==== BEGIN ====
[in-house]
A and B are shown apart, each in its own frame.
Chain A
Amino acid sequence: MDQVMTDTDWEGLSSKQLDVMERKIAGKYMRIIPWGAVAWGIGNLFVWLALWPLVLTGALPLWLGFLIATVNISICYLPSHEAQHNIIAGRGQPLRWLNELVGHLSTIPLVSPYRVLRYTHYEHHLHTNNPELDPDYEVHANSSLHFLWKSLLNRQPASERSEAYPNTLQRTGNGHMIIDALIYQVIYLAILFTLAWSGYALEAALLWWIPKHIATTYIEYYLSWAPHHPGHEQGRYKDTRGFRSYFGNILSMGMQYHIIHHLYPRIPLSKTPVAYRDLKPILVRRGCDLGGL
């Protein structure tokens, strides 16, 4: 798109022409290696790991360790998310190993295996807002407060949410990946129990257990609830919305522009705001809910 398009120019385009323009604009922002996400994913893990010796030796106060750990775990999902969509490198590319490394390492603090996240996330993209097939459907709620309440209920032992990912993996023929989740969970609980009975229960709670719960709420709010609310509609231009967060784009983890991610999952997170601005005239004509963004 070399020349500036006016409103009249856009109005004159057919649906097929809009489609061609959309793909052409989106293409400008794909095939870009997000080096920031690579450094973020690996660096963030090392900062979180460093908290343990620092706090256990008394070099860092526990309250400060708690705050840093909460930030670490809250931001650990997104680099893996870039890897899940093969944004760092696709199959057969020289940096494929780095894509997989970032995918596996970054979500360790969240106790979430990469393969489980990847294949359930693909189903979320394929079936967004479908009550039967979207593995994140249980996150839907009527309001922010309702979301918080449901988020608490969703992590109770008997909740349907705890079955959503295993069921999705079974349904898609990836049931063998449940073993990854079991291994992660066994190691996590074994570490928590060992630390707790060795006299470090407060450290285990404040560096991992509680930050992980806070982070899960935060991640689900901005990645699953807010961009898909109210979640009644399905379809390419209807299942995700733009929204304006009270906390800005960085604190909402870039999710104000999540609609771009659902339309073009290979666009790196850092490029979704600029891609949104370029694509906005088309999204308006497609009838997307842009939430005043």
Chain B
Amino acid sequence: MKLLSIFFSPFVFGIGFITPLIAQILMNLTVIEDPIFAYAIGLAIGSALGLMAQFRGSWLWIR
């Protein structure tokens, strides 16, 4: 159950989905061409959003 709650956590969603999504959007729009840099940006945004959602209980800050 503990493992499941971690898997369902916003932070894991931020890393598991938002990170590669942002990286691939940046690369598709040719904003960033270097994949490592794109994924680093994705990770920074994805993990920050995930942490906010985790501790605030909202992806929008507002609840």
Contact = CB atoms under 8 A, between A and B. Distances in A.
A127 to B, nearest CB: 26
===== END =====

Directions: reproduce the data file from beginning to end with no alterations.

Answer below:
[in-house]
A and B are shown apart, each in its own frame.
Chain A
Amino acid sequence: MDQVMTDTDWEGLSSKQLDVMERKIAGKYMRIIPWGAVAWGIGNLFVWLALWPLVLTGALPLWLGFLIATVNISICYLPSHEAQHNIIAGRGQPLRWLNELVGHLSTIPLVSPYRVLRYTHYEHHLHTNNPELDPDYEVHANSSLHFLWKSLLNRQPASERSEAYPNTLQRTGNGHMIIDALIYQVIYLAILFTLAWSGYALEAALLWWIPKHIATTYIEYYLSWAPHHPGHEQGRYKDTRGFRSYFGNILSMGMQYHIIHHLYPRIPLSKTPVAYRDLKPILVRRGCDLGGL
């Protein structure tokens, strides 16, 4: 798109022409290696790991360790998310190993295996807002407060949410990946129990257990609830919305522009705001809910 398009120019385009323009604009922002996400994913893990010796030796106060750990775990999902969509490198590319490394390492603090996240996330993209097939459907709620309440209920032992990912993996023929989740969970609980009975229960709670719960709420709010609310509609231009967060784009983890991610999952997170601005005239004509963004 070399020349500036006016409103009249856009109005004159057919649906097929809009489609061609959309793909052409989106293409400008794909095939870009997000080096920031690579450094973020690996660096963030090392900062979180460093908290343990620092706090256990008394070099860092526990309250400060708690705050840093909460930030670490809250931001650990997104680099893996870039890897899940093969944004760092696709199959057969020289940096494929780095894509997989970032995918596996970054979500360790969240106790979430990469393969489980990847294949359930693909189903979320394929079936967004479908009550039967979207593995994140249980996150839907009527309001922010309702979301918080449901988020608490969703992590109770008997909740349907705890079955959503295993069921999705079974349904898609990836049931063998449940073993990854079991291994992660066994190691996590074994570490928590060992630390707790060795006299470090407060450290285990404040560096991992509680930050992980806070982070899960935060991640689900901005990645699953807010961009898909109210979640009644399905379809390419209807299942995700733009929204304006009270906390800005960085604190909402870039999710104000999540609609771009659902339309073009290979666009790196850092490029979704600029891609949104370029694509906005088309999204308006497609009838997307842009939430005043």
Chain B
Amino acid sequence: MKLLSIFFSPFVFGIGFITPLIAQILMNLTVIEDPIFAYAIGLAIGSALGLMAQFRGSWLWIR
């Protein structure tokens, strides 16, 4: 159950989905061409959003 709650956590969603999504959007729009840099940006945004959602209980800050 503990493992499941971690898997369902916003932070894991931020890393598991938002990170590669942002990286691939940046690369598709040719904003960033270097994949490592794109994924680093994705990770920074994805993990920050995930942490906010985790501790605030909202992806929008507002609840």
Contact = CB atoms under 8 A, between A and B. Distances in A.
A127 to B, nearest CB: 26